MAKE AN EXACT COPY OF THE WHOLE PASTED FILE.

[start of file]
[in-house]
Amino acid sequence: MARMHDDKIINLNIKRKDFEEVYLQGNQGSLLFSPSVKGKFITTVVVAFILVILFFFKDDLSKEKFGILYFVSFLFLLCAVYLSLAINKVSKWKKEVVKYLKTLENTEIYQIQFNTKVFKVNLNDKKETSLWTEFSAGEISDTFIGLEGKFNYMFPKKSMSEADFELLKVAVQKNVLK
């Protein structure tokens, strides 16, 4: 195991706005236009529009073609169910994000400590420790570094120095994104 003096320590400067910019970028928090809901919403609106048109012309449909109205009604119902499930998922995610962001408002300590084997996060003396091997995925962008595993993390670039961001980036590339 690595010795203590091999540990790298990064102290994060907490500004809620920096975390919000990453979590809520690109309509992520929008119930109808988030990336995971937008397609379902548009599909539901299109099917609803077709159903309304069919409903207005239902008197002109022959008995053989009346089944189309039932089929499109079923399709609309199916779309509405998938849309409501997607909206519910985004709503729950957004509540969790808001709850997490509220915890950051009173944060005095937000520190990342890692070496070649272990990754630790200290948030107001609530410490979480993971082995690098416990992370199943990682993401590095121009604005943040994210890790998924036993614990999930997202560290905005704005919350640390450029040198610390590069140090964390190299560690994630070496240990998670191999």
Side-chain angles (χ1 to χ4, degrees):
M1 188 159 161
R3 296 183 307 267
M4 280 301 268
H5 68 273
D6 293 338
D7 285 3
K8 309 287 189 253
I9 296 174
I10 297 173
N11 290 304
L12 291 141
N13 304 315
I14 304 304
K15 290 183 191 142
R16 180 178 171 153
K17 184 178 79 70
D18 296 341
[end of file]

[in-house]
Amino acid sequence: MARMHDDKIINLNIKRKDFEEVYLQGNQGSLLFSPSVKGKFITTVVVAFILVILFFFKDDLSKEKFGILYFVSFLFLLCAVYLSLAINKVSKWKKEVVKYLKTLENTEIYQIQFNTKVFKVNLNDKKETSLWTEFSAGEISDTFIGLEGKFNYMFPKKSMSEADFELLKVAVQKNVLK
């Protein structure tokens, strides 16, 4: 195991706005236009529009073609169910994000400590420790570094120095994104 003096320590400067910019970028928090809901919403609106048109012309449909109205009604119902499930998922995610962001408002300590084997996060003396091997995925962008595993993390670039961001980036590339 690595010795203590091999540990790298990064102290994060907490500004809620920096975390919000990453979590809520690109309509992520929008119930109808988030990336995971937008397609379902548009599909539901299109099917609803077709159903309304069919409903207005239902008197002109022959008995053989009346089944189309039932089929499109079923399709609309199916779309509405998938849309409501997607909206519910985004709503729950957004509540969790808001709850997490509220915890950051009173944060005095937000520190990342890692070496070649272990990754630790200290948030107001609530410490979480993971082995690098416990992370199943990682993401590095121009604005943040994210890790998924036993614990999930997202560290905005704005919350640390450029040198610390590069140090964390190299560690994630070496240990998670191999």
Side-chain angles (χ1 to χ4, degrees):
M1 188 159 161
R3 296 183 307 267
M4 280 301 268
H5 68 273
D6 293 338
D7 285 3
K8 309 287 189 253
I9 296 174
I10 297 173
N11 290 304
L12 291 141
N13 304 315
I14 304 304
K15 290 183 191 142
R16 180 178 171 153
K17 184 178 79 70
D18 296 341